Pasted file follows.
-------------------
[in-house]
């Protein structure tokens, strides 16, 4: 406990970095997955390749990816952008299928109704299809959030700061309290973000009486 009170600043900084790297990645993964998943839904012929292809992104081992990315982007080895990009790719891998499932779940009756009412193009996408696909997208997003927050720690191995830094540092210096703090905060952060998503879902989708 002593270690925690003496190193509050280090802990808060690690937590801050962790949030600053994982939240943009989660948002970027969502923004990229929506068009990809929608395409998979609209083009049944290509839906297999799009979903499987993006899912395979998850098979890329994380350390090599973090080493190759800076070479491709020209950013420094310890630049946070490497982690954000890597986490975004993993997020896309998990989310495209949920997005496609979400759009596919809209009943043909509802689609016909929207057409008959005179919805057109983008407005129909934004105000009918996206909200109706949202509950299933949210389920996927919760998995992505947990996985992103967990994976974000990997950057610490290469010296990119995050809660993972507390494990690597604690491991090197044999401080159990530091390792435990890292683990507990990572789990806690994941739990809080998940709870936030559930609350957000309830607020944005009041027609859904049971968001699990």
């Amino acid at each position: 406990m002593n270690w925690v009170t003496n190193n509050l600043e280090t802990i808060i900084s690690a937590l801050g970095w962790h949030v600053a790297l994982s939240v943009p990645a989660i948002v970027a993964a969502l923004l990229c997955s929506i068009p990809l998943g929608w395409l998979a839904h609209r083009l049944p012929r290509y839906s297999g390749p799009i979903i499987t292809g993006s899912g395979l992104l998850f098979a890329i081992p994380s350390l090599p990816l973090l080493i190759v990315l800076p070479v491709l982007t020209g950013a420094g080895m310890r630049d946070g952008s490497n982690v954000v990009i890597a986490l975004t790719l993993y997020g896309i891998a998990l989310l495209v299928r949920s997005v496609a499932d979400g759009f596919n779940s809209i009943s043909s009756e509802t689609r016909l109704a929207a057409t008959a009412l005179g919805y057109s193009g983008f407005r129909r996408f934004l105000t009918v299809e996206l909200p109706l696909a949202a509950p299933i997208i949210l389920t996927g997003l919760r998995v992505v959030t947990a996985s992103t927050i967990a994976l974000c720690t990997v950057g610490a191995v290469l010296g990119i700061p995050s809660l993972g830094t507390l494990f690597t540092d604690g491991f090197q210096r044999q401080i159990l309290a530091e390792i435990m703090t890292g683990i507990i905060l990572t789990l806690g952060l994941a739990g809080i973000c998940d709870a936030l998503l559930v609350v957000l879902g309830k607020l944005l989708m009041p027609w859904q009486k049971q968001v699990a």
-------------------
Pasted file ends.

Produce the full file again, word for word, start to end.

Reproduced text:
[in-house]
């Protein structure tokens, strides 16, 4: 406990970095997955390749990816952008299928109704299809959030700061309290973000009486 009170600043900084790297990645993964998943839904012929292809992104081992990315982007080895990009790719891998499932779940009756009412193009996408696909997208997003927050720690191995830094540092210096703090905060952060998503879902989708 002593270690925690003496190193509050280090802990808060690690937590801050962790949030600053994982939240943009989660948002970027969502923004990229929506068009990809929608395409998979609209083009049944290509839906297999799009979903499987993006899912395979998850098979890329994380350390090599973090080493190759800076070479491709020209950013420094310890630049946070490497982690954000890597986490975004993993997020896309998990989310495209949920997005496609979400759009596919809209009943043909509802689609016909929207057409008959005179919805057109983008407005129909934004105000009918996206909200109706949202509950299933949210389920996927919760998995992505947990996985992103967990994976974000990997950057610490290469010296990119995050809660993972507390494990690597604690491991090197044999401080159990530091390792435990890292683990507990990572789990806690994941739990809080998940709870936030559930609350957000309830607020944005009041027609859904049971968001699990």
């Amino acid at each position: 406990m002593n270690w925690v009170t003496n190193n509050l600043e280090t802990i808060i900084s690690a937590l801050g970095w962790h949030v600053a790297l994982s939240v943009p990645a989660i948002v970027a993964a969502l923004l990229c997955s929506i068009p990809l998943g929608w395409l998979a839904h609209r083009l049944p012929r290509y839906s297999g390749p799009i979903i499987t292809g993006s899912g395979l992104l998850f098979a890329i081992p994380s350390l090599p990816l973090l080493i190759v990315l800076p070479v491709l982007t020209g950013a420094g080895m310890r630049d946070g952008s490497n982690v954000v990009i890597a986490l975004t790719l993993y997020g896309i891998a998990l989310l495209v299928r949920s997005v496609a499932d979400g759009f596919n779940s809209i009943s043909s009756e509802t689609r016909l109704a929207a057409t008959a009412l005179g919805y057109s193009g983008f407005r129909r996408f934004l105000t009918v299809e996206l909200p109706l696909a949202a509950p299933i997208i949210l389920t996927g997003l919760r998995v992505v959030t947990a996985s992103t927050i967990a994976l974000c720690t990997v950057g610490a191995v290469l010296g990119i700061p995050s809660l993972g830094t507390l494990f690597t540092d604690g491991f090197q210096r044999q401080i159990l309290a530091e390792i435990m703090t890292g683990i507990i905060l990572t789990l806690g952060l994941a739990g809080i973000c998940d709870a936030l998503l559930v609350v957000l879902g309830k607020l944005l989708m009041p027609w859904q009486k049971q968001v699990a």